In this 19-minute film two researchers who use the creative methods of ethnographic video and phenomenological creative writing discuss research methods that are characterised by an open agenda and a range of possible outcomes. Arek Dakessian and David Manderson’s conversation explores the need for researchers to get close to people’s experience of the phenomena that are being researched. Capturing the meaning of place by walking in an environment is one way in which a researcher may gain a sense of people’s lived experience, and thus provide reassurance that an account being developed has authenticity and academic credibility. Another respect in which the film-maker’s craft unexpectedly resembles that of the novelist is in not knowing at the outset where the research process will lead (although this can also be said to be true of other methods such as experiments). The conversation concludes by noting that adopting creative methods commits the researcher to the possibility of mistakes being made as imagination is followed, and these mistakes are treated as a part of the learning process.
Academics in conversation: Arek Dakessian, University of Edinburgh (webpage: http://www.sociology.ed.ac.uk/people/research_students2/arek_dakessian2) and Dr David Manderson, University of the West of Scotland (webpage: http://www.uws.ac.uk/staff-profiles/mcs/david-manderson/).
We have created a downloadble resource sheet for this video. It has a transcript of the conversation, the list of references, and suggested seminar questions.
Please contact SGSSS if you require the document in an alternative format.
References and further readings
The following are recent contributions to the discussion of the methods, and they all contain bibliographies that provide suggestions for further reading.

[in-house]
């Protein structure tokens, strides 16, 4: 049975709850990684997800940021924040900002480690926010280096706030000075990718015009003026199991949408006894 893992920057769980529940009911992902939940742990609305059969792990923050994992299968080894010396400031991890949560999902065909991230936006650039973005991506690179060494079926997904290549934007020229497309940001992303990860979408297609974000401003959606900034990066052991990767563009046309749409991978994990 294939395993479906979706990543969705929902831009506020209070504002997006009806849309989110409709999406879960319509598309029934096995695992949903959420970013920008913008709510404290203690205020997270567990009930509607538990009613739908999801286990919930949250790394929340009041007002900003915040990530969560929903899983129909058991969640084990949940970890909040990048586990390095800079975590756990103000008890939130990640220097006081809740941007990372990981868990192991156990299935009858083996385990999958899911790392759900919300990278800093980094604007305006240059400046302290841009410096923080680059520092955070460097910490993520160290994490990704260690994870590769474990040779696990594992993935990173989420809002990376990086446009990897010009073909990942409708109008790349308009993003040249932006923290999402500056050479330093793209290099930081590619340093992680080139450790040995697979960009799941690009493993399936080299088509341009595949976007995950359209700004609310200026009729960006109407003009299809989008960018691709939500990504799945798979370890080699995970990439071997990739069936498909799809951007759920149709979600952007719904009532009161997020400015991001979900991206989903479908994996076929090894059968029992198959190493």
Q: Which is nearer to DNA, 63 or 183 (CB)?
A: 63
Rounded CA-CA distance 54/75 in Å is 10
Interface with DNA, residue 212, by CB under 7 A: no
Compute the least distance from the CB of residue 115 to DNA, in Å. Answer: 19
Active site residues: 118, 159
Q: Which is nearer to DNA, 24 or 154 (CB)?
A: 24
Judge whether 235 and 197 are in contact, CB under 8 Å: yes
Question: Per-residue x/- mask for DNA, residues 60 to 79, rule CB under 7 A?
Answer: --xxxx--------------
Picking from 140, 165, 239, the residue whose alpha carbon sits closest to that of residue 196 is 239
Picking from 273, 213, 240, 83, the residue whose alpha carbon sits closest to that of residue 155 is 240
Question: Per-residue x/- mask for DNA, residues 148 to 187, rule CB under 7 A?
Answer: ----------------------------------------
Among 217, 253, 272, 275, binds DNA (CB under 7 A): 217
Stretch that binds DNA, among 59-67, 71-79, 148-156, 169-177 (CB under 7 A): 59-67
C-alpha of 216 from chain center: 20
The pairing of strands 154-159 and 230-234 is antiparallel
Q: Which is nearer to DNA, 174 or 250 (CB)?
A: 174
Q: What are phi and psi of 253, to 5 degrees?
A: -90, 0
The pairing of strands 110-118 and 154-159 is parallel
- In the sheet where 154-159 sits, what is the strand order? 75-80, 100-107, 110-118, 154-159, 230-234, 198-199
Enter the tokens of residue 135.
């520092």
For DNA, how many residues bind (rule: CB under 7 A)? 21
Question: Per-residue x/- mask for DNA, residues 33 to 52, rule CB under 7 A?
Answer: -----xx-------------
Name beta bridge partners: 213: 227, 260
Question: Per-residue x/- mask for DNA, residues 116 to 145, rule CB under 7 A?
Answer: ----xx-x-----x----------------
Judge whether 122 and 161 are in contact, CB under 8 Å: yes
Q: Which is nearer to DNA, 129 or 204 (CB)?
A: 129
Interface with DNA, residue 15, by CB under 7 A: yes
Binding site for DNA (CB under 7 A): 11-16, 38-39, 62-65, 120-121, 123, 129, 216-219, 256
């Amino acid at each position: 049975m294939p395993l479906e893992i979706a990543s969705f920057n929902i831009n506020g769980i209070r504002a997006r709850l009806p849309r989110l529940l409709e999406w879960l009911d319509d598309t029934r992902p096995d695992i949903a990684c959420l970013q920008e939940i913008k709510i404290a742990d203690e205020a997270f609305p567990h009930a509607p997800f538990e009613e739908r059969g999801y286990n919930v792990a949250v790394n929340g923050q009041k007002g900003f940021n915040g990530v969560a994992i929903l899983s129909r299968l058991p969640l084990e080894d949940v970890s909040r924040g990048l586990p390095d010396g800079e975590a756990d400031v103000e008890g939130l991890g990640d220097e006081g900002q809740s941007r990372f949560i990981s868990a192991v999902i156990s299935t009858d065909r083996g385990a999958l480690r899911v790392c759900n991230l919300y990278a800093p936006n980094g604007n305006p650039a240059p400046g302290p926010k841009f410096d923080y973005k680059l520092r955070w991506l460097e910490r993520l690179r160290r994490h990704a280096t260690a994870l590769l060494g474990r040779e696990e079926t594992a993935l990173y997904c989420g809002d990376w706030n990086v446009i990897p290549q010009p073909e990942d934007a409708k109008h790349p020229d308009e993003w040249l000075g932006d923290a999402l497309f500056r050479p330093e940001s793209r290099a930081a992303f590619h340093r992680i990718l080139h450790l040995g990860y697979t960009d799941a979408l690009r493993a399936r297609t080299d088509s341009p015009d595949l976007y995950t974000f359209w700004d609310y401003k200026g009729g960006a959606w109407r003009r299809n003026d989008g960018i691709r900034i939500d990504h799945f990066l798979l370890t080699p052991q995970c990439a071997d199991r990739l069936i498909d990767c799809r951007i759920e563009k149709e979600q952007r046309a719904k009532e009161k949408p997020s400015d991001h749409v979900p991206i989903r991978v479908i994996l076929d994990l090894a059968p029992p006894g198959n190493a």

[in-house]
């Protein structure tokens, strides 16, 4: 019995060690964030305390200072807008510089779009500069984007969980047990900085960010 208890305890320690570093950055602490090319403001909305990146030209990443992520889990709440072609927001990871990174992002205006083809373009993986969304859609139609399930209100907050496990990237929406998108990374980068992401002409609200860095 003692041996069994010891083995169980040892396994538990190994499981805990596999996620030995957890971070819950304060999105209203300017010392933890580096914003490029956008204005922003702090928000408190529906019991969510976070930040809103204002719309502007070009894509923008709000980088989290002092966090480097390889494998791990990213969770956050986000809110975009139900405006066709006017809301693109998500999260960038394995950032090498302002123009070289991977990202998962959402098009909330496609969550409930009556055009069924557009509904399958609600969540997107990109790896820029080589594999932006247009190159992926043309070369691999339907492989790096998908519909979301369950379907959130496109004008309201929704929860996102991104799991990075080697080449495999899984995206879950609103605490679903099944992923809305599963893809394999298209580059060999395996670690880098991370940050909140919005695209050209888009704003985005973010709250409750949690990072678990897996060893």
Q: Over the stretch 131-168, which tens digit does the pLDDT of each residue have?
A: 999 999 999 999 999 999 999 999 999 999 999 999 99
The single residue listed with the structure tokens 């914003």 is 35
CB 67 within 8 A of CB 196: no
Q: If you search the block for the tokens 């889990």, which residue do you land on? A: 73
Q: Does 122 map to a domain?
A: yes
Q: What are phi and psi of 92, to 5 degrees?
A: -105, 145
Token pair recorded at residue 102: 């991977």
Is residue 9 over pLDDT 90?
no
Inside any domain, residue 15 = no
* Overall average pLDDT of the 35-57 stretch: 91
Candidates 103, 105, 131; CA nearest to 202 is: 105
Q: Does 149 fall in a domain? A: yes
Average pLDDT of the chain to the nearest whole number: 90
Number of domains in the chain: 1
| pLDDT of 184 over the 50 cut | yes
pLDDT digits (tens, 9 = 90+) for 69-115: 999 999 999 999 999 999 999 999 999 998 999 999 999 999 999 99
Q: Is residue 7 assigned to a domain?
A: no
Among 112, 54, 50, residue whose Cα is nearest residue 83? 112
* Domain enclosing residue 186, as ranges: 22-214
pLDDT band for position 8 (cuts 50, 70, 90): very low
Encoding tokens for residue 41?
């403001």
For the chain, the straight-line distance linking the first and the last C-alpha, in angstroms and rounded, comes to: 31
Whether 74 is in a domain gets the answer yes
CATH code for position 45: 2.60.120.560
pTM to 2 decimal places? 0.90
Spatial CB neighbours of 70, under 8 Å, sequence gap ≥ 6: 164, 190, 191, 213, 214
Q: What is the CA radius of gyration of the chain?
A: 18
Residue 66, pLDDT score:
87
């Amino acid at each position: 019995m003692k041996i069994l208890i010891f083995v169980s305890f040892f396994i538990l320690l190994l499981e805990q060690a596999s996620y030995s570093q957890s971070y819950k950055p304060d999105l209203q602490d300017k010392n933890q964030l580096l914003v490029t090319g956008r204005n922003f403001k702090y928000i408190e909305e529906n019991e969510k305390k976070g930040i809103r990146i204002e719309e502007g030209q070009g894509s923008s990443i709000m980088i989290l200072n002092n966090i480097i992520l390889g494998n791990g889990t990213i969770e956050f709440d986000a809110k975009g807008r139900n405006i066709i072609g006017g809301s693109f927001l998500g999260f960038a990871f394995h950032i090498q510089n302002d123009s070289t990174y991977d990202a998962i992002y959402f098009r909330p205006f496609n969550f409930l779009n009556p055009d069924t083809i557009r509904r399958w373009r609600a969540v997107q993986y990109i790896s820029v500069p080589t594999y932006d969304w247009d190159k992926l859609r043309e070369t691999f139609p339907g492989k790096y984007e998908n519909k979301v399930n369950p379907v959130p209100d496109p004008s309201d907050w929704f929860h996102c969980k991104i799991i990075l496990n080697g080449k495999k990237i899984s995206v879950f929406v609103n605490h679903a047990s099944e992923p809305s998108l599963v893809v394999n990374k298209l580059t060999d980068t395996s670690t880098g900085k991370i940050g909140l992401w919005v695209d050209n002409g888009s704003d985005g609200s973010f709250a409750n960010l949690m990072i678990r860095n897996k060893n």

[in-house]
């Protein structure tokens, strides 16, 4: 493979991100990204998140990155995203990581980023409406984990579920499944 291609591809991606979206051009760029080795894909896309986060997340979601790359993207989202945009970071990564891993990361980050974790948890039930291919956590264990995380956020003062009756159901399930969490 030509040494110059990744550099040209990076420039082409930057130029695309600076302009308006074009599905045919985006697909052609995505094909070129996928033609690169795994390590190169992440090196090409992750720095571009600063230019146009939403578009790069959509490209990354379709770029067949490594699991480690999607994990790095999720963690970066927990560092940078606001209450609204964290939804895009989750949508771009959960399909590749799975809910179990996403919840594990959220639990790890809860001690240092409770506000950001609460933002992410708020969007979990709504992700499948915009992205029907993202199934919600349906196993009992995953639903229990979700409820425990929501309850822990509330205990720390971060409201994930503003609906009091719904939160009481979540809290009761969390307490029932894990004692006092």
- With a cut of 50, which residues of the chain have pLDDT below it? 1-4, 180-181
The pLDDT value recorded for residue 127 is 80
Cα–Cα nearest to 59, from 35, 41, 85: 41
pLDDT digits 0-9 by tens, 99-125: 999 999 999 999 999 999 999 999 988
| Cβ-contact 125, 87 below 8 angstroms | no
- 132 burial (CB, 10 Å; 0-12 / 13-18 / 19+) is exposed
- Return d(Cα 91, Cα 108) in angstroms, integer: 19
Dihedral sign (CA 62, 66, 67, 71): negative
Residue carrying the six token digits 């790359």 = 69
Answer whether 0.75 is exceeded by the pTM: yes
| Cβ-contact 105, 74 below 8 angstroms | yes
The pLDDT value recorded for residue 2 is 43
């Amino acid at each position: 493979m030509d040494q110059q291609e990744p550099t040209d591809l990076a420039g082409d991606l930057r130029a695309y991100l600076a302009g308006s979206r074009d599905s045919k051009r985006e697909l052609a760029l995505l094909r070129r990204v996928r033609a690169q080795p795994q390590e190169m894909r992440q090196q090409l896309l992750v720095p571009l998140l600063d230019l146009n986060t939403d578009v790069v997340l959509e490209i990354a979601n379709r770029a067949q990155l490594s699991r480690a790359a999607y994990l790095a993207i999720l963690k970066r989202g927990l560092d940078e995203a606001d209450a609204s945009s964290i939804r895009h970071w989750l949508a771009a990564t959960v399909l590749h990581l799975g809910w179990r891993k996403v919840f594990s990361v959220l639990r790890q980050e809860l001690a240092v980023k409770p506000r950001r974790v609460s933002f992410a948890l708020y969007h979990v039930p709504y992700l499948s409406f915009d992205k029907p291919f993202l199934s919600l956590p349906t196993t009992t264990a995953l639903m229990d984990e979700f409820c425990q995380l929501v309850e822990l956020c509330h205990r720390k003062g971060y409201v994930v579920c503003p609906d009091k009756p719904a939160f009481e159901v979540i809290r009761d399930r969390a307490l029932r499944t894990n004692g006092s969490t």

This is a great book for engaging with the versatility of video as method. The first chapter is particularly interesting for those thinking about video ethnography:
M. Broth, E. Laurier and L. Mondada, (Eds.), Studies of video practices: video at work, Routledge Research in Cultural and Media Studies (Routledge, Taylor & Francis Group, New York ; London 2014)
E. Margolis and L. Pauwels, The SAGE Handbook of Visual Research Methods (SAGE 2011)
P.D. Milne, C. Mitchell and N. de Lange, Handbook of Participatory Video (AltaMira Press, 2012)
S. Pink, Doing Visual Ethnography (SAGE Publications: London, 2007)
This paper is not directly relevant to video ethnography, but speaks to 'making methods your own':
L. Young and H. Barrett, 'Adapting visual methods: action research with Kampala street children' in Area 33, 141–152. doi:10.1111/1475-4762.00017 (2001)
Another interesting resource is the journal of video ethnography (JVE). This is a fairly recent, peer-reviewed journal with a filmic focus on ethnographic video and film. It’s not in the REF, but it’s still a very useful resource. (http://www.videoethno.com)
J. Webb, Researching Creative Writing, (Frontinus: Suffolk 2015)
J. Kroll and K. Harper, Researching Creative Writing, (Palgrave Macmillan: London, 2013)
L. Barrett and D. Manderson, 'Making the Ordinary Extraordinary: Collaborative Wayfaring and Creative Writing', in Exploring Creative Writing: Voices from the Great Writing International Great Writing Conference, (Cambridge Scholars: Newcastle upon Tyne 2016)
G. Harper, New Writing: the International Journal for the Practice and Theory of Creative Writing, (Rutledge: London)
National Association of Writers in Education, subject lead website, http://www.nawe.co.uk
G. Debord, Psychogeographic Guide to Paris (1957) http://imaginarymuseum.org/LPG/Mapsitu1.htm Accessed 9 October 2016
G. Debord, The Society of the Spectacle, (Black and Red: New York 1984)
Last updated 10 Oct 2016 5:01pm